Scientists discovered that mutations of genes linked to our sense of direction and memories cause a miscommunication between neurons. As a result, schizophrenia-like symptoms surface.
Schizophrenia, which affects about 1 percent of the population, is a severe mental disorder that affects the way a person thinks, feels and behaves.
Scientists at Medical College of Georgia at Augusta University and China's Nanchang University discovered that TMEM108, a gene that can be found throughout the central nervous system, greatly affects how neurons communicate. Reduction of the amount of the protein expressed by this gene decreases neural spines, the finger-like receptors in neurons which enable neural communication.
Credit to Phil Jones; Nanchang University's Dr. Hui-Feng Jiao (left) and MCG's Dr. Lin Mei, chairman of the Department of Neuroscience and Regenerative Medicine at the Medical College of Georgia at Augusta University, Georgia Research Alliance Eminent Scholar in Neuroscience and a corresponding author of the study in the journal PNAS.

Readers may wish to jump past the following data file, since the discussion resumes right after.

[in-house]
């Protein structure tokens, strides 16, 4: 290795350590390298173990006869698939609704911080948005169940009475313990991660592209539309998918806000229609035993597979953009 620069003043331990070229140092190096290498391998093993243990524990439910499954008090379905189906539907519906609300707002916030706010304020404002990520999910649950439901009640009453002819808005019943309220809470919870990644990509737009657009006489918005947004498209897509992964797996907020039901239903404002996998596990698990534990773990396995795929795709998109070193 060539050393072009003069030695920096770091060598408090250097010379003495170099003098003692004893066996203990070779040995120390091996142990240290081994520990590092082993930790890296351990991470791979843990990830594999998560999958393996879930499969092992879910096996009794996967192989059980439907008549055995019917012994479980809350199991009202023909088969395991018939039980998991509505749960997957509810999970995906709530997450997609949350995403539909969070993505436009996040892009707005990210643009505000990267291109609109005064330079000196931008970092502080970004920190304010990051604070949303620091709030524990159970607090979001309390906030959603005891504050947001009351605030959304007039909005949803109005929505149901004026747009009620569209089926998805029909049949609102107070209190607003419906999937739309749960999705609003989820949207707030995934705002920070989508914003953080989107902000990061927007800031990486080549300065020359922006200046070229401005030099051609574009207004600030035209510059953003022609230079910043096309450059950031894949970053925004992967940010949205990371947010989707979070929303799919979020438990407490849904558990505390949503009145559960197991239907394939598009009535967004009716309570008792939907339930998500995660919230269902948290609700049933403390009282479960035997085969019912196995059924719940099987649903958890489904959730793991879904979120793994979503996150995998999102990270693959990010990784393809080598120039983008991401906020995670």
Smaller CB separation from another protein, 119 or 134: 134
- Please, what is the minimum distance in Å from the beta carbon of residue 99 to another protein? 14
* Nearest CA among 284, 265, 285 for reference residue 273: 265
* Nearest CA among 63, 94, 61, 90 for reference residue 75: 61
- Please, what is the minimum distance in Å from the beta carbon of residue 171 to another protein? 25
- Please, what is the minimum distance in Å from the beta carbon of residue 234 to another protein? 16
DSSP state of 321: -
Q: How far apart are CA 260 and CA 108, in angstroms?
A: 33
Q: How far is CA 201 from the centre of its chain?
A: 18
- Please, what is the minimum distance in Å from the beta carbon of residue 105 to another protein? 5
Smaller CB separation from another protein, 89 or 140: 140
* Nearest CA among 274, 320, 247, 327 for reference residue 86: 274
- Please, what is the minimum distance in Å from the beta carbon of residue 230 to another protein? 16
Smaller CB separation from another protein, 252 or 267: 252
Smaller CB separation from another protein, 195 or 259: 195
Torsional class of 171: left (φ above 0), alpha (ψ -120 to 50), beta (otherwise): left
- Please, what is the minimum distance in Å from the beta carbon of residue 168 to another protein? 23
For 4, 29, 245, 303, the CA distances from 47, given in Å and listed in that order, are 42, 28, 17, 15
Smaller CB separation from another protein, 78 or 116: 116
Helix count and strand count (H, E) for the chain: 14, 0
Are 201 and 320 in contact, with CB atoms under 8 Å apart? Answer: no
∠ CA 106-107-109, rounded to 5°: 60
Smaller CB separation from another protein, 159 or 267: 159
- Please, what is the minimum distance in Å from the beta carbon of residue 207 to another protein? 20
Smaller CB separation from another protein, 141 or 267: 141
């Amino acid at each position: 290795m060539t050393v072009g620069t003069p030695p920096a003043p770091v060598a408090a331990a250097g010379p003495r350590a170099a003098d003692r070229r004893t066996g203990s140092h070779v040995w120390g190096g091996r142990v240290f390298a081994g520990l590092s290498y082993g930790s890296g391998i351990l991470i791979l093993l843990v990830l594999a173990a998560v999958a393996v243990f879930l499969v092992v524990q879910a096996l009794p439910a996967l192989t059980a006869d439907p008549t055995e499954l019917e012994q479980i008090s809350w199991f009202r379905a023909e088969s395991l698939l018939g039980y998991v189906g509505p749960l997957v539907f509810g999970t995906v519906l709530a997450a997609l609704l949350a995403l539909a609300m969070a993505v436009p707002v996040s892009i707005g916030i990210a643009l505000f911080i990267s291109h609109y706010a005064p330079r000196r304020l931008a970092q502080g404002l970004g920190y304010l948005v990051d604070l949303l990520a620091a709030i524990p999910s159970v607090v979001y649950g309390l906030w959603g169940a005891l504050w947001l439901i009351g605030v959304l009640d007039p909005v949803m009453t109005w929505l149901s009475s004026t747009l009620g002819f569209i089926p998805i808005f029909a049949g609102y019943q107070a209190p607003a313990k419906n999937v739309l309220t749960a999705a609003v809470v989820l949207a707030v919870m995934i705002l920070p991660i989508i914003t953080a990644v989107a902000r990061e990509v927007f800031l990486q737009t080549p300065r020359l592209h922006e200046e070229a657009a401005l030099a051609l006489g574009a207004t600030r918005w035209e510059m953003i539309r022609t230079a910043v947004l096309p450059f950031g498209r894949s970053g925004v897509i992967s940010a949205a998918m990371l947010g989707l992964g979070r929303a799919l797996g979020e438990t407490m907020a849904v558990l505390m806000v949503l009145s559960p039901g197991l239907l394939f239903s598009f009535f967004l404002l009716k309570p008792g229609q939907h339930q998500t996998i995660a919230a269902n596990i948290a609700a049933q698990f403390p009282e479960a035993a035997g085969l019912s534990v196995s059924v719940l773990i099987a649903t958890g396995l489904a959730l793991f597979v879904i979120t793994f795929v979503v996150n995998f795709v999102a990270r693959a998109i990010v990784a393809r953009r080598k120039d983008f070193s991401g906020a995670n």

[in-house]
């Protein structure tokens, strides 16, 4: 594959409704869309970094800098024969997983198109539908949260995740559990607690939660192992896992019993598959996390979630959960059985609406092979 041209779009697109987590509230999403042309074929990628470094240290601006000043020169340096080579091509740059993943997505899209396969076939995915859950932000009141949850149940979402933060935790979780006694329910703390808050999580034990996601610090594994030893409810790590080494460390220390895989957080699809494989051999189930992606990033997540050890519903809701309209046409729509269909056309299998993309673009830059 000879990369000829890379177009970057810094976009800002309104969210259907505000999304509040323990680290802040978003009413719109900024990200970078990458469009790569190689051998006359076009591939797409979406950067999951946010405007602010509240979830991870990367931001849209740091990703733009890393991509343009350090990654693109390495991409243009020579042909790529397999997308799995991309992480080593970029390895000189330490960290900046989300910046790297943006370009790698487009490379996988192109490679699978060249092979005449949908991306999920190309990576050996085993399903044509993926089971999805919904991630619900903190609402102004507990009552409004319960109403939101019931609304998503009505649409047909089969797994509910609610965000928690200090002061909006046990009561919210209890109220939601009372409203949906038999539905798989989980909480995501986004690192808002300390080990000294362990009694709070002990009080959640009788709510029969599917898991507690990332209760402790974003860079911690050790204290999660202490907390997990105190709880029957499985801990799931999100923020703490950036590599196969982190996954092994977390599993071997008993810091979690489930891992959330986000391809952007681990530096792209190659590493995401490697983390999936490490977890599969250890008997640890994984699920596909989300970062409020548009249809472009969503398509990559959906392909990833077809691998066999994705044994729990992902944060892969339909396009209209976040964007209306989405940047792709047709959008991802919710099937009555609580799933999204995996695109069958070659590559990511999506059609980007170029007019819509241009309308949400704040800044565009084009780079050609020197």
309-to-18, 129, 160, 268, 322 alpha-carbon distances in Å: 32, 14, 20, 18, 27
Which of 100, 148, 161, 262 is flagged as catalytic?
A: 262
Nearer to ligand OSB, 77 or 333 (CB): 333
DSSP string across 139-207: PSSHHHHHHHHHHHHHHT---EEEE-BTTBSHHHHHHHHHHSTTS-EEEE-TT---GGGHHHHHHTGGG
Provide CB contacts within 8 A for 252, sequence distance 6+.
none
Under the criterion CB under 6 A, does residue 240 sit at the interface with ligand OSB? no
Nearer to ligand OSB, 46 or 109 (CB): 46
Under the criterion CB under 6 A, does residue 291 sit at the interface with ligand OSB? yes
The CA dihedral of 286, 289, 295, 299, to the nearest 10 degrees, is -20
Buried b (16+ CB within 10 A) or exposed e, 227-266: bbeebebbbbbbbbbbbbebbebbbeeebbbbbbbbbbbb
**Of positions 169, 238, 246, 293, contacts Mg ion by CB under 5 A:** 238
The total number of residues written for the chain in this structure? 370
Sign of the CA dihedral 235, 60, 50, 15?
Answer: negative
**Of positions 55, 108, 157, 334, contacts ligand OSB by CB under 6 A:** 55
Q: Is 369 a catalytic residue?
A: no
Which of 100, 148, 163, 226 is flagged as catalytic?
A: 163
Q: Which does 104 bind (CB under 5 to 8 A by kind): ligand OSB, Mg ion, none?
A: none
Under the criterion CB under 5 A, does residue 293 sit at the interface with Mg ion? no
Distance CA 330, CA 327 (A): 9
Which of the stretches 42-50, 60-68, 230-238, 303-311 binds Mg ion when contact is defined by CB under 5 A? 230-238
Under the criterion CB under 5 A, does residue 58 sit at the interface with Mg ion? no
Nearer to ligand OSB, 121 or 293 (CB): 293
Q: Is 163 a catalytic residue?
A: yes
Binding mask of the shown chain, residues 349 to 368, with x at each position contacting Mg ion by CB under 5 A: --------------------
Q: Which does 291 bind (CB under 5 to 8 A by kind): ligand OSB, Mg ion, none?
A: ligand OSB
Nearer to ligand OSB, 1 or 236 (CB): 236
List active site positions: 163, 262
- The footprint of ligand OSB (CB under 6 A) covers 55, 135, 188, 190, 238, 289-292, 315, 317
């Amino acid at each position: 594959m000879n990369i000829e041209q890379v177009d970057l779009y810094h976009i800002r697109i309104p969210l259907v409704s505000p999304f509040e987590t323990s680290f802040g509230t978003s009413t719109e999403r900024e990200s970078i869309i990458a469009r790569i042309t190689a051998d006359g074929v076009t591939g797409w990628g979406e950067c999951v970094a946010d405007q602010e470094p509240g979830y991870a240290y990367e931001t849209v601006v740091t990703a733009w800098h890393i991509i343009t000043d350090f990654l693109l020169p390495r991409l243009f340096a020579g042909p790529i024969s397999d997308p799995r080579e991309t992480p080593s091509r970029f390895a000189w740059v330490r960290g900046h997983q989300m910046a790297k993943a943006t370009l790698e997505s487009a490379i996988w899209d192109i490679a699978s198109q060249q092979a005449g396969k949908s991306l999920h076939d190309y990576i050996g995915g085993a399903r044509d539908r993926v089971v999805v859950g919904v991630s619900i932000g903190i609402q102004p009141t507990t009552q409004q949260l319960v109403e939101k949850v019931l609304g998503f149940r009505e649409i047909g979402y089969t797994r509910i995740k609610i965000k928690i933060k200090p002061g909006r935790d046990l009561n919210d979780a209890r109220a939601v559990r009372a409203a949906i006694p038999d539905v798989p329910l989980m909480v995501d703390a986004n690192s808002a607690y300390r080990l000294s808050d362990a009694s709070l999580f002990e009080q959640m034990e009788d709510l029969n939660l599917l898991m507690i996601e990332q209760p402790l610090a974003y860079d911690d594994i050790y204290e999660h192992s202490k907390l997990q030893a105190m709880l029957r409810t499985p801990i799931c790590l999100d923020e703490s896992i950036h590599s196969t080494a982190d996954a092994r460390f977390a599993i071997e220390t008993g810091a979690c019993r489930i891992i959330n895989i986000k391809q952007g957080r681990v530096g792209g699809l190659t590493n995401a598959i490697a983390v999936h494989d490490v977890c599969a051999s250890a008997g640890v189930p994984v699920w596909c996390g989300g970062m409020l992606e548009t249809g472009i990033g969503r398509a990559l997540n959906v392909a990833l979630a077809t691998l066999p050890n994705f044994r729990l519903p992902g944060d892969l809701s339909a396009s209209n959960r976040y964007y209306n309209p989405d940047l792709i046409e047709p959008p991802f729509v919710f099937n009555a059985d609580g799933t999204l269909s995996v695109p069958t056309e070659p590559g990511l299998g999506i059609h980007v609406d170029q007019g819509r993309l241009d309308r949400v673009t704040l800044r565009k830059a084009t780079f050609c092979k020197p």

When the protein expressed by TMEM108 were reduced in mice, the mice exhibited schizophrenia-like symptoms.
Dr. Lin Mei, a neuroscientist at Medical College of Georgia at Augusta University and co-author of the study explained, "We knew this gene's alteration likely contributed to schizophrenia and we wanted to better understand how."
To further test their finding, they added TMEM108 protein to mice showing schizophrenic symptoms. The result showed that the spine population restored to normal in the dentate gyrus, an area in the brain's hippocampus known to contribute to new episodic memory; provide a sense of direction; and respond to emotion and stress.
"Morphologically, the mice can be rescued," Mei said. "We hope we will find that healthy function is restored as well, which could translate to a new treatment target for this complex, disabling disease."
The TMEM108 itself is found to greatly influence the expression of the receptor AMPA (α-Amino-3-hydroxy-5-methyl-4-isoxazolepropionic acid). The receptors are activated by the excitatory neurotransmitter glutamate.
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